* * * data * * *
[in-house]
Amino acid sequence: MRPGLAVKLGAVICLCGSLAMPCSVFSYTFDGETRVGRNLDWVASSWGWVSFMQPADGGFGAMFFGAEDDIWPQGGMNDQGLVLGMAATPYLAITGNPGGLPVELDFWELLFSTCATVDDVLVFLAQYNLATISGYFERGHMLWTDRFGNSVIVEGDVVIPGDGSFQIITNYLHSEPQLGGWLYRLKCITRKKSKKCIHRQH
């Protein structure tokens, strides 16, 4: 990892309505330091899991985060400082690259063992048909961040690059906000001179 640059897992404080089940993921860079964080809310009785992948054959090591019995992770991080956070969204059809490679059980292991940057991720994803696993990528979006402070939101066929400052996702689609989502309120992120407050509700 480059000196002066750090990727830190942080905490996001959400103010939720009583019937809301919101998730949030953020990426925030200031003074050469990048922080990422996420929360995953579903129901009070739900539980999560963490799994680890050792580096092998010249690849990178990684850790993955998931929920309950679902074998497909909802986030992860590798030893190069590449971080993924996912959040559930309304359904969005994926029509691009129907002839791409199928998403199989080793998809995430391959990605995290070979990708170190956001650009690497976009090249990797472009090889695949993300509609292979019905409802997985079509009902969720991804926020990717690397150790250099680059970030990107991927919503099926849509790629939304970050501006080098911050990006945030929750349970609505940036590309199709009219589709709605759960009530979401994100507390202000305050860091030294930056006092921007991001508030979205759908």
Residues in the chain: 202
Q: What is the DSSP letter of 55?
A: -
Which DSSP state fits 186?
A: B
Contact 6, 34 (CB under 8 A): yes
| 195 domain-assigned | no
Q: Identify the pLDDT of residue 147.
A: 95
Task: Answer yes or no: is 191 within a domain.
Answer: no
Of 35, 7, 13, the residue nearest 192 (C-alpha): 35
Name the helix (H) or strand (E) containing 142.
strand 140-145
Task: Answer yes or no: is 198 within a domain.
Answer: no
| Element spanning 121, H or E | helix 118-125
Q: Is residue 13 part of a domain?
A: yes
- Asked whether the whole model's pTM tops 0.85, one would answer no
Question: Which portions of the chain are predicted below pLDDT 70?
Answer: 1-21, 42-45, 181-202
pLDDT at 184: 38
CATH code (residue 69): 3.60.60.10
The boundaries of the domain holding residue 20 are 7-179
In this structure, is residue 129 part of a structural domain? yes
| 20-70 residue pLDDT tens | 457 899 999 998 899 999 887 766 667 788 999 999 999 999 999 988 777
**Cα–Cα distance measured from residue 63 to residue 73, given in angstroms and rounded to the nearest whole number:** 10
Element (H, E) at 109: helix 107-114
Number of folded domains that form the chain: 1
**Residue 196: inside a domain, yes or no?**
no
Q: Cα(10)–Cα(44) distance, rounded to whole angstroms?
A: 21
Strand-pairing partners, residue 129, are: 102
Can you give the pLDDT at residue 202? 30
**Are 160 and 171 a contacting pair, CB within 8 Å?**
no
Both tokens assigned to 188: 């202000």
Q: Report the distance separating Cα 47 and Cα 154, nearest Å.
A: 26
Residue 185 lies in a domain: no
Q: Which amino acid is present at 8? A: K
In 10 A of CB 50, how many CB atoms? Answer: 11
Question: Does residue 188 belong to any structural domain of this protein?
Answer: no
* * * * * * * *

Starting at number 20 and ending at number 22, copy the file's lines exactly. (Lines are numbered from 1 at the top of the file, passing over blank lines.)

| Element spanning 121, H or E | helix 118-125
Q: Is residue 13 part of a domain?
A: yes